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erichw1504's avatar

Why does my car still smell like transmission fluid?

Asked by erichw1504 (26401points) February 7th, 2011

My 2001 Dodge Neon constantly smells like transmission fluid since I had it changed about 5 months ago. It only smells when the car is on and sitting still, otherwise while driving the odor is pushed back. I have gotten used to it for the most part, but when I stop at a light for a while it gets real bad.

What could be causing this? How can I get it fixed? Could the fumes from transmission fluid be hazardous to my health? Has anyone else had a similar problem?

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13 Answers

LuckyGuy's avatar

Are you leaking fluid? Do you have a separate transmission cooler or does it use a lower stage in the radiator? You might have a small leak at those fittings. The cooling fan blows it back on the engine where it evaporates and gets sucked into your cabin air duct. Idle the car for a while and look for wet spots on the ground or on your engine.

erichw1504's avatar

@worriedguy Yeah, I’m not a “car guy” at all, so I don’t know a whole lot about all the different parts and what-not. So, “Do you have a separate transmission cooler or does it use a lower stage in the radiator?” is pretty much gibberish to me. On the other hand I have noticed leaks on my driveway recently, but I do know the motor oil has had a small leak (next time I get an oil change, I will have them patch it up). So, it’s hard to determine if the transmission fluid is also leaking. I will check the engine for wet spots, though.

My best bet is probably to take it to an auto shop, right? Couldn’t cost much to get that checked out and fixed?

kelly's avatar

a good shop can put dye in the trans fluid to check where lead may originate. Also,could it be engine oil getting on the exhaust system? Both trans fluid and motor oil have pungent smell when cooked on hot exhaust pipes.

erichw1504's avatar

@kelly Well, I’m not 100% sure it is trans fluid, but the smell did start just after I replaced it.

woodcutter's avatar

Neons are great little cars when you get them new but after 10 years they are getting tired. Sort of like a hand grenade with the pin pulled. I doubt you want to hear this now but maybe you should consider trading up while she’s still running. I would wager most if not all 10 year old Neons are losing oil most likely through burning and leaking. I found out from experience.You don’t want to put a lot of money into that car now.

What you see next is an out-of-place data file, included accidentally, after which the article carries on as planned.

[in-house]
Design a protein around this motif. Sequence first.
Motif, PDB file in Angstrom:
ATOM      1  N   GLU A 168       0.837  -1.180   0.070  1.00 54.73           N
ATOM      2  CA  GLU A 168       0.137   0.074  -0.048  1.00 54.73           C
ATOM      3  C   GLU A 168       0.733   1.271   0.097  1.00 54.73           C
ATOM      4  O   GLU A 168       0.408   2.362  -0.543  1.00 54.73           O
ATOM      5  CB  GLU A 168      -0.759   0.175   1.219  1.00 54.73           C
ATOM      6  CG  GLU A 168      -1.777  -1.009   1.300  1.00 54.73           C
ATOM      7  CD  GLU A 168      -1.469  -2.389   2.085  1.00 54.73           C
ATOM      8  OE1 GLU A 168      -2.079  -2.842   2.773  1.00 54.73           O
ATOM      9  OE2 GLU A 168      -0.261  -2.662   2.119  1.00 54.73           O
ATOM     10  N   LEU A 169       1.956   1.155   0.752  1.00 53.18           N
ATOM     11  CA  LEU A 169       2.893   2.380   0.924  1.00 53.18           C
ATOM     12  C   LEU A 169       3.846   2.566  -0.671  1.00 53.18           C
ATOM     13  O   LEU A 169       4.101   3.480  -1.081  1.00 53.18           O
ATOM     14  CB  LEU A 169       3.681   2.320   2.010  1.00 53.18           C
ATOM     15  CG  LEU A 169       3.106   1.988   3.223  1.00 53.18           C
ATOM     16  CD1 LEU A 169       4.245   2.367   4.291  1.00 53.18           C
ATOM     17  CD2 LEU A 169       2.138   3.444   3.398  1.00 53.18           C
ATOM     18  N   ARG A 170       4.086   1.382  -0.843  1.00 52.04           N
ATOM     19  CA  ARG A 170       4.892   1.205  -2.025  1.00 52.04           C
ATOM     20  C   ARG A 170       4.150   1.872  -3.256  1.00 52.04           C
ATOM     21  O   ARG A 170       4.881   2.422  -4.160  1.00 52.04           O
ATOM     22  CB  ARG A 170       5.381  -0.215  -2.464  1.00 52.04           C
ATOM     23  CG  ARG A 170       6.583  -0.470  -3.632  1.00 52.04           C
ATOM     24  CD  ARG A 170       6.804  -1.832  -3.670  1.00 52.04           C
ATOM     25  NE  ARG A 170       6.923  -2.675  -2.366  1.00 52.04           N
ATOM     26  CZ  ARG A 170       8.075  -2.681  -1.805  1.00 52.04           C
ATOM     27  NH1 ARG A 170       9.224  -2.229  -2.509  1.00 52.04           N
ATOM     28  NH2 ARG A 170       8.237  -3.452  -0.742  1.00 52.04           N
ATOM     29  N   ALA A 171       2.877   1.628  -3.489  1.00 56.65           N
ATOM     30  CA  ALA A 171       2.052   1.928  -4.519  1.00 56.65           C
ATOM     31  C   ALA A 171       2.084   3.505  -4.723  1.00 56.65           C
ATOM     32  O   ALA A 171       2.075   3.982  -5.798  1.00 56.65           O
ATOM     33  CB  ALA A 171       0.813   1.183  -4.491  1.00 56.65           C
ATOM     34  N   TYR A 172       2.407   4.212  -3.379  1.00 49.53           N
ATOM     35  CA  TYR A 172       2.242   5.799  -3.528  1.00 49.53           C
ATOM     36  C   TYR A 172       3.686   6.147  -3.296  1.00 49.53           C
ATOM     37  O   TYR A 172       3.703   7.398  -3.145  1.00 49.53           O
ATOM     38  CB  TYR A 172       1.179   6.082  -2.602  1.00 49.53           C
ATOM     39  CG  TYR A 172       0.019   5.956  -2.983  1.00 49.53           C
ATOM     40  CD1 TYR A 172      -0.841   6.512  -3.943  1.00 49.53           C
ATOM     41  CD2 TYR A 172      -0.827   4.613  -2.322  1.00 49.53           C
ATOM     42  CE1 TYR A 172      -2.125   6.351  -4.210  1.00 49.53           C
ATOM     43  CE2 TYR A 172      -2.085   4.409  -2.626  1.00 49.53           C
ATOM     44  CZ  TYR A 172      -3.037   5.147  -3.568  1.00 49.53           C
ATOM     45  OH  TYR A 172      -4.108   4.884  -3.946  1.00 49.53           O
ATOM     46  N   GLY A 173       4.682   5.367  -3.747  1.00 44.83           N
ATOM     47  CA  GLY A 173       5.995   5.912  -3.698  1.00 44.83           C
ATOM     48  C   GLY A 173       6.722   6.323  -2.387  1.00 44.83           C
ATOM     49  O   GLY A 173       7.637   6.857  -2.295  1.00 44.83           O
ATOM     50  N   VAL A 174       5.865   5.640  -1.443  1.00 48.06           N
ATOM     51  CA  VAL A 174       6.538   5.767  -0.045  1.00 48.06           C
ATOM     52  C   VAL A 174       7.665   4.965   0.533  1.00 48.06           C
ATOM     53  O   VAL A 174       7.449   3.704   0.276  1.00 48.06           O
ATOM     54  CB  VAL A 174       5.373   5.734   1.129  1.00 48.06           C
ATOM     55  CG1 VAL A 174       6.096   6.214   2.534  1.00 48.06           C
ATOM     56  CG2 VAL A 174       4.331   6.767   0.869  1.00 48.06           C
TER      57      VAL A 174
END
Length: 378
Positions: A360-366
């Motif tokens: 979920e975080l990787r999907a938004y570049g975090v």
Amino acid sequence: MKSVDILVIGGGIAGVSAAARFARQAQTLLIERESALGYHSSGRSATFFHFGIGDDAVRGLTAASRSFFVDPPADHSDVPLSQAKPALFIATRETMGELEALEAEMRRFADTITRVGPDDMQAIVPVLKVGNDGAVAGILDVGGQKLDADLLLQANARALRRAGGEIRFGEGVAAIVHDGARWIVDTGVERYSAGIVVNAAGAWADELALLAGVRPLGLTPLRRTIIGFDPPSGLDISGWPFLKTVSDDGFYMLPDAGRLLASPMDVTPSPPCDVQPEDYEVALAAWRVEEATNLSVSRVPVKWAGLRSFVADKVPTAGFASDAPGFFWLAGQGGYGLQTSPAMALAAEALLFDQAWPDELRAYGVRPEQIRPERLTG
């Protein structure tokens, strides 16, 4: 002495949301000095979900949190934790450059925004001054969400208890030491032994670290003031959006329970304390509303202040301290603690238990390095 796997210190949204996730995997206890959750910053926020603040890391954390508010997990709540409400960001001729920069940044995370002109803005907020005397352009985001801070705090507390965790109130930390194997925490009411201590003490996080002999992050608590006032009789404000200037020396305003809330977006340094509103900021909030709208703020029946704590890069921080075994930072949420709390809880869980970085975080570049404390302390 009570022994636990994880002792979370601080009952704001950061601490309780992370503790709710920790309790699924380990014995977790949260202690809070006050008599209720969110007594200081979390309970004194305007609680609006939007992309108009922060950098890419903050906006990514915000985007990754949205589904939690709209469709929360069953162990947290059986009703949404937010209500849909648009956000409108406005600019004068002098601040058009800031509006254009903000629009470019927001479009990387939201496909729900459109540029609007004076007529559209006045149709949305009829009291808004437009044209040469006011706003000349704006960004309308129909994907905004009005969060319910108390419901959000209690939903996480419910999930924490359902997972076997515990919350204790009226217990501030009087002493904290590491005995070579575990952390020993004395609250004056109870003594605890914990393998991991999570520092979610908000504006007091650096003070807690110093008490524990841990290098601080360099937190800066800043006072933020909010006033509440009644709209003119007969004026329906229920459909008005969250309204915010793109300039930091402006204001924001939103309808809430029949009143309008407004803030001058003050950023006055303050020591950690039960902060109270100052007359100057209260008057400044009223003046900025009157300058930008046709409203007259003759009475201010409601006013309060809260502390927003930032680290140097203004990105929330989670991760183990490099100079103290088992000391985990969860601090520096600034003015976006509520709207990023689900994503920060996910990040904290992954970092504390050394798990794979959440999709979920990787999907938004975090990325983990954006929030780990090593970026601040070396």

jerv's avatar

Dodges from that era are notorious for all sorts of oddities, especially in the transmission. People I know have blown more than a couple of Dodge trannies, so based solely on the year and make, I am pessimistic.

I would try the “newspaper test” to make sure though. Put a piece of newspaper under the car at night and see what drips from where. Tranny fluid is generally red, oil is amber, and coolant smells differently enough (“sweeter”) that you can’t confuse it for either of those two. Then again, given that it happens the most (when the car is stopped and the torque converter is slipping the most) and the aforementioned issues, I would wager that it is tranny fluid.

It’s possible that when they flushed it, they blew out a seal. That could cause issues… or rather, more issues than it already had merely by design.

LuckyGuy's avatar

Do you live in an area that uses a lot of road salt? Up here it is common to have lines corrode and leak. One of the favorite spots is where it goes into the radiator.

erichw1504's avatar

@woodcutter Yea, we’re getting a new car in March. I’m not too worried about it until then when we sell it. It’s got about 165,000 on it so far! So, I’m not surprised there are a few problems with it.

@jerv Great suggestion! I just may try that tonight.

@worriedguy Not really, we don’t get too much snow here. But, since it is 10 years old, I’m sure some corrosion has occured.

jerv's avatar

@worriedguy I’ve had cars far older in NH where they salt the roads until the pavement shrivels and not had that problem. Then again, I have often leaked enough oil to undercoat my car…

woodcutter's avatar

We had a ‘97 Neon we drove the crap out of. It was one of those years that the paint peeled off in sheets. It leaked and burned so much oil that I stopped doing oil changes. I had to replace so much oil often enough that it didn’t stay in the motor long enough to get dirty. It got a oil filter change every 5 k just to be on the safe side. We traded it in @ 300k miles still running pretty well. But it wasn’t going to go a lot further. It’s replacement was a Buick Park Avenue from the same year which new was about a $30k. That was about 4 years ago. Right away the quality difference was extremely obvious. You don’t get much these days with a car that costs $10k new.

erichw1504's avatar

@woodcutter Yeah, mine leaks oil fairly often. I have to fill it up sometimes between changes. 300k though? Wow, I thought 165k was a lot!

jerv's avatar

I feel inadequate now; my ‘85 Corolla only has 222k :(
It leaks like an old Toyota though :D

woodcutter's avatar

I doubt that old neon ever was on the road after that. Probably ended up as a parts car. It was pretty spent.

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